The indictments allege conspiracy to transfer false identification documents and to transport illegal aliens; producing and transferring false identification documents; and, transporting illegal aliens. Conspiracy to transfer, and to produce, false identity documents, as well as the transfer and production of those documents, each carry a maximum sentence of 15 years imprisonment. Conspiracy to transport illegal aliens, as well as transporting illegal aliens, both carry a maximum sentence of 10 years imprisonment.

The indictments are the result of an investigation conducted by HSI and the New Mexico Taxation and Revenue Department. Assistant U.S. Attorney Nathan Williams of the Charleston office is prosecuting the case.

Dominican Republic National Arrested for Identity Theft

A 49-year-old Dominican Republic man wanted for document fraud and identity theft was arrested early the week of June 14, 2012, at the Luis Munoz Marin International Airport in San Juan by U.S. Customs and Border Protection officers working jointly with U.S. Immigration and Customs Enforcement’s (ICE) Homeland Security Investigations (HSI) special agents.

Victor Manuel Rivera, at large since January, is one of 50 individuals indicted by a federal grand jury for their alleged participation in a conspiracy to commit identification fraud in connection with a scheme to traffic the identities of Puerto Rican U.S. citizens and their corresponding identity documents. The charges are the result of an extensive investigation led by HSI in partnership with other federal, state and local law enforcement agencies.

The indictment, unsealed Jan. 11, alleges that from at least April 2009 to December 2011, conspirators in 15 states and Puerto Rico, a U.S. territory, trafficked the identities of Puerto Rican U.S. citizens, corresponding Social Security cards, Puerto Rico birth certificates and other identification documents to undocumented aliens and others residing in the United States.

The indictment alleges that conspirators located in the Savarona area of Caguas, Puerto Rico, (Savarona suppliers) obtained the Puerto Rican identities and corresponding identity documents. Conspirators in various locations throughout the United States (identity brokers) solicited customers. The identity brokers allegedly sold Social Security cards and corresponding Puerto Rico birth certificates for prices ranging from $700 to $2,500 per set. The indictment alleges that identity brokers ordered the identity documents from Savarona suppliers, on behalf of the customers, by making coded telephone calls, including using terms such as “shirts,” “uniforms” or “clothes,” to refer to identity documents. Specifically, the brokers asked for “skirts” for female customers and “pants” for male customers in various “sizes,” which referred to the ages of the identities sought by the customers.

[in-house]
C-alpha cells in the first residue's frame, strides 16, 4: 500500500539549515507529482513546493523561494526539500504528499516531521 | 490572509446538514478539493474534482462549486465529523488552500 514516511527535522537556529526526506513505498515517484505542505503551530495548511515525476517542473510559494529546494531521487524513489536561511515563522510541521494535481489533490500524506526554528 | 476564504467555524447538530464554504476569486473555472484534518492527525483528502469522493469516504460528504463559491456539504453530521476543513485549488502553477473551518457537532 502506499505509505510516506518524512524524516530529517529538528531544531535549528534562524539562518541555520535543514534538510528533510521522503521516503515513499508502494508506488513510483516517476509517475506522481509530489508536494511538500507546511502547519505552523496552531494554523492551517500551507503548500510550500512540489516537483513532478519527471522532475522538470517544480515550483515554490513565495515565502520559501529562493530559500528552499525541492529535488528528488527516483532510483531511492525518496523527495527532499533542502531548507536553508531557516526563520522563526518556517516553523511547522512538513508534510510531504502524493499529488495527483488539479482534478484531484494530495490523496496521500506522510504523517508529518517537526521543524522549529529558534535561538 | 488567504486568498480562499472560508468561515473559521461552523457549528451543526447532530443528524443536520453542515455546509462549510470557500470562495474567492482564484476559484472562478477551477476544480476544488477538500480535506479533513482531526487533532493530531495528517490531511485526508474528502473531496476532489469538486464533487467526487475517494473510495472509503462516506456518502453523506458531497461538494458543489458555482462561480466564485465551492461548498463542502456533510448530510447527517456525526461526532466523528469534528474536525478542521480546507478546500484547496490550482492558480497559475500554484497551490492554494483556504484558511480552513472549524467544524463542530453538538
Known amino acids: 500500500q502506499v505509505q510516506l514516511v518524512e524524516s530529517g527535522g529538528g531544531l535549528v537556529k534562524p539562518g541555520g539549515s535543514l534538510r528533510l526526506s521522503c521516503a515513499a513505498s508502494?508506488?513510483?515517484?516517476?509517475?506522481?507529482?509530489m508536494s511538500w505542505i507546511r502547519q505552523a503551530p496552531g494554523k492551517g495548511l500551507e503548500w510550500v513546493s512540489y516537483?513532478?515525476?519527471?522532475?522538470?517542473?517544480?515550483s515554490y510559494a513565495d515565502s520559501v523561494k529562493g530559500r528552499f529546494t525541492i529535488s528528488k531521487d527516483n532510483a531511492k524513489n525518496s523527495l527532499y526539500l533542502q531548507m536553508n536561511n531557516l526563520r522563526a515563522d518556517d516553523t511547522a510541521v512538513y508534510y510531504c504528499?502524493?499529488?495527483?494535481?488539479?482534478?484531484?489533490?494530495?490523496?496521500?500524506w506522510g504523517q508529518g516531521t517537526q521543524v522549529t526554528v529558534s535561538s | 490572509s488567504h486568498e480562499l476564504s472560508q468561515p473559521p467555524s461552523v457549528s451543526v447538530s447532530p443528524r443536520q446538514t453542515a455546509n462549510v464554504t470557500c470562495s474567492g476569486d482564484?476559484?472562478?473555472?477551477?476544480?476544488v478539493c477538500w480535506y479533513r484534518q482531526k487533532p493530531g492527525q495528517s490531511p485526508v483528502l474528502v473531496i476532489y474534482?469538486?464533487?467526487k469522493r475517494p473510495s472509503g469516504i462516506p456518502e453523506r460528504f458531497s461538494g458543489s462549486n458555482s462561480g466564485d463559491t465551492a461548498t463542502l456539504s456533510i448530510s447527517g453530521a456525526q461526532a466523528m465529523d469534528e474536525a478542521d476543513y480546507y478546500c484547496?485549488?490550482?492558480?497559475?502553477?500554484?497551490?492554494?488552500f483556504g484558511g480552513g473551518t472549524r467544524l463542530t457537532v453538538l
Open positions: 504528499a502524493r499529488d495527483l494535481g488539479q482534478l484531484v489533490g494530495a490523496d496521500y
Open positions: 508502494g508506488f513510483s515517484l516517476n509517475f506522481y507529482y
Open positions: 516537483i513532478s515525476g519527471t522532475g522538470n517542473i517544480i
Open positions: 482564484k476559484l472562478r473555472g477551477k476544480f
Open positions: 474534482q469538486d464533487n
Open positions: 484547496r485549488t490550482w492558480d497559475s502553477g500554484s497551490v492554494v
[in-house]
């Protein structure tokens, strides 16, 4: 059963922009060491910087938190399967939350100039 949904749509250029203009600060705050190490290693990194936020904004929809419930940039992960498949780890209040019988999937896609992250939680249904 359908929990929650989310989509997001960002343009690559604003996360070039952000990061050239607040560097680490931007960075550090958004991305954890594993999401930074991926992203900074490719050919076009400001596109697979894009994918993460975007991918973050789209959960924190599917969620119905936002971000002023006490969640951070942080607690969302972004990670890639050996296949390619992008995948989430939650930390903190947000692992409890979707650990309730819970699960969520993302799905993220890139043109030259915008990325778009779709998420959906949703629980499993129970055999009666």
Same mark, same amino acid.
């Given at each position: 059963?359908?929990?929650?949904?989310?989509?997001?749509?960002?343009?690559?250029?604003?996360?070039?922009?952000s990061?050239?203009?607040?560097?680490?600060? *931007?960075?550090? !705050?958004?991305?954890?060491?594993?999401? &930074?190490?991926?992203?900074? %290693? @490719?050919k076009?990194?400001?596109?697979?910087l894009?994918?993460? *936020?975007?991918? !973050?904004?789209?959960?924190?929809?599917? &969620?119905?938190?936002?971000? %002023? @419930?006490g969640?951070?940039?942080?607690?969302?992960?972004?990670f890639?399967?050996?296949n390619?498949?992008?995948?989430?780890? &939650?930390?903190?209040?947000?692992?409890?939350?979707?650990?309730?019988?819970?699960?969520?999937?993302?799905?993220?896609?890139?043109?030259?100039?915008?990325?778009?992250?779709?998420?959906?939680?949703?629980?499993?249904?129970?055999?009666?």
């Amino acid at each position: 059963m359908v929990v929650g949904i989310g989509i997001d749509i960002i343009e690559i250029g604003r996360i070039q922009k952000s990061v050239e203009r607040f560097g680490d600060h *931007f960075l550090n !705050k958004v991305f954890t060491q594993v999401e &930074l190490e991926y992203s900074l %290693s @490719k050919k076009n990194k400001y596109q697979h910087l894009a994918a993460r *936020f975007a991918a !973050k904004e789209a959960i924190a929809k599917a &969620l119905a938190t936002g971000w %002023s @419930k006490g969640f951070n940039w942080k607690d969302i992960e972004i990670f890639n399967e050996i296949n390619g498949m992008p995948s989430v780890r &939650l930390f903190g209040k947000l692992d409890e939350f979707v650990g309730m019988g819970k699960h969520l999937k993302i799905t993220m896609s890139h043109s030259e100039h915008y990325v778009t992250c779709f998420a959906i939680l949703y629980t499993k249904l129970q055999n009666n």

According to the indictment, the Savarona suppliers generally requested that customers’ initial payments be sent by the identity brokers through a money transfer service to persons whose names were provided by the Savarona suppliers. Savarona suppliers allegedly retrieved the payments from the money transfer service and then sent the identity documents to the brokers using express, priority or regular U.S. mail. The indictment alleges that various conspirators sent or received money and mail parcels. The conspirators frequently confirmed sender names and addresses, money transfer control numbers and trafficked identities via text messaging.

The indictment further alleges that once the identity brokers received the identity documents, they delivered the documents to the customers and obtained second payments. The brokers generally kept the second payments for themselves as profit. Some identity brokers allegedly assumed a Puerto Rican identity themselves, and used that identity in connection with the trafficking operation.

As alleged in the indictment, the customers generally obtained the identity documents to assume the identity of Puerto Rican U.S. citizens and to obtain additional identification documents, such as legitimate state driver’s licenses. Some customers allegedly obtained the documents to commit financial fraud and attempts to obtain a U.S. passport.